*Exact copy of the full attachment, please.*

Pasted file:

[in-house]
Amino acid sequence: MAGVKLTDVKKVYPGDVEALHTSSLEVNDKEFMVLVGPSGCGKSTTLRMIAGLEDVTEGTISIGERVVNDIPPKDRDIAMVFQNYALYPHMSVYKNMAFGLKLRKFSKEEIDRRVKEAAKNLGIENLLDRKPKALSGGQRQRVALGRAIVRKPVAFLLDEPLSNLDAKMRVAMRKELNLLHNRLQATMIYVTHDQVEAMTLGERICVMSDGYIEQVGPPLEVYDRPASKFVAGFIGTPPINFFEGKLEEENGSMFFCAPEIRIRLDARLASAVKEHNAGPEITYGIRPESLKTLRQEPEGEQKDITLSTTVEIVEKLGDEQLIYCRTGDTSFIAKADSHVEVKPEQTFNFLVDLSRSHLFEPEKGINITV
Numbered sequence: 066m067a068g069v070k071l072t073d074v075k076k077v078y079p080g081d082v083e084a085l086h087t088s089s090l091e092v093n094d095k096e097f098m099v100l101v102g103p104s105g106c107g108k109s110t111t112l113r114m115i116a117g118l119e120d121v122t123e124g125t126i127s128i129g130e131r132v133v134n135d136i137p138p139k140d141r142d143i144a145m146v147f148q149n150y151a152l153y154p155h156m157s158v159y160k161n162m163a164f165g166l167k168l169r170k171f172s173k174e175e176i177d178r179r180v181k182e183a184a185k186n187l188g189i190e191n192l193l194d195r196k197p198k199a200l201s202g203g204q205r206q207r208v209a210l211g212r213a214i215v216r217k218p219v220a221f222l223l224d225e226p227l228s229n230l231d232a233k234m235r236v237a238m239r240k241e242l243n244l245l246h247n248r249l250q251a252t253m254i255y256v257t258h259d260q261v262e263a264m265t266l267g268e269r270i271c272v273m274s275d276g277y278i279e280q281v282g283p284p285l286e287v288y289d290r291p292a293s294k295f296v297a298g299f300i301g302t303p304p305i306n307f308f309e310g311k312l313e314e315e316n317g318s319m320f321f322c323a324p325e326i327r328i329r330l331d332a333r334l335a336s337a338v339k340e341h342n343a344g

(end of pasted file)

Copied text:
[in-house]
Amino acid sequence: MAGVKLTDVKKVYPGDVEALHTSSLEVNDKEFMVLVGPSGCGKSTTLRMIAGLEDVTEGTISIGERVVNDIPPKDRDIAMVFQNYALYPHMSVYKNMAFGLKLRKFSKEEIDRRVKEAAKNLGIENLLDRKPKALSGGQRQRVALGRAIVRKPVAFLLDEPLSNLDAKMRVAMRKELNLLHNRLQATMIYVTHDQVEAMTLGERICVMSDGYIEQVGPPLEVYDRPASKFVAGFIGTPPINFFEGKLEEENGSMFFCAPEIRIRLDARLASAVKEHNAGPEITYGIRPESLKTLRQEPEGEQKDITLSTTVEIVEKLGDEQLIYCRTGDTSFIAKADSHVEVKPEQTFNFLVDLSRSHLFEPEKGINITV
Numbered sequence: 066m067a068g069v070k071l072t073d074v075k076k077v078y079p080g081d082v083e084a085l086h087t088s089s090l091e092v093n094d095k096e097f098m099v100l101v102g103p104s105g106c107g108k109s110t111t112l113r114m115i116a117g118l119e120d121v122t123e124g125t126i127s128i129g130e131r132v133v134n135d136i137p138p139k140d141r142d143i144a145m146v147f148q149n150y151a152l153y154p155h156m157s158v159y160k161n162m163a164f165g166l167k168l169r170k171f172s173k174e175e176i177d178r179r180v181k182e183a184a185k186n187l188g189i190e191n192l193l194d195r196k197p198k199a200l201s202g203g204q205r206q207r208v209a210l211g212r213a214i215v216r217k218p219v220a221f222l223l224d225e226p227l228s229n230l231d232a233k234m235r236v237a238m239r240k241e242l243n244l245l246h247n248r249l250q251a252t253m254i255y256v257t258h259d260q261v262e263a264m265t266l267g268e269r270i271c272v273m274s275d276g277y278i279e280q281v282g283p284p285l286e287v288y289d290r291p292a293s294k295f296v297a298g299f300i301g302t303p304p305i306n307f308f309e310g311k312l313e314e315e316n317g318s319m320f321f322c323a324p325e326i327r328i329r330l331d332a333r334l335a336s337a338v339k340e341h342n343a344g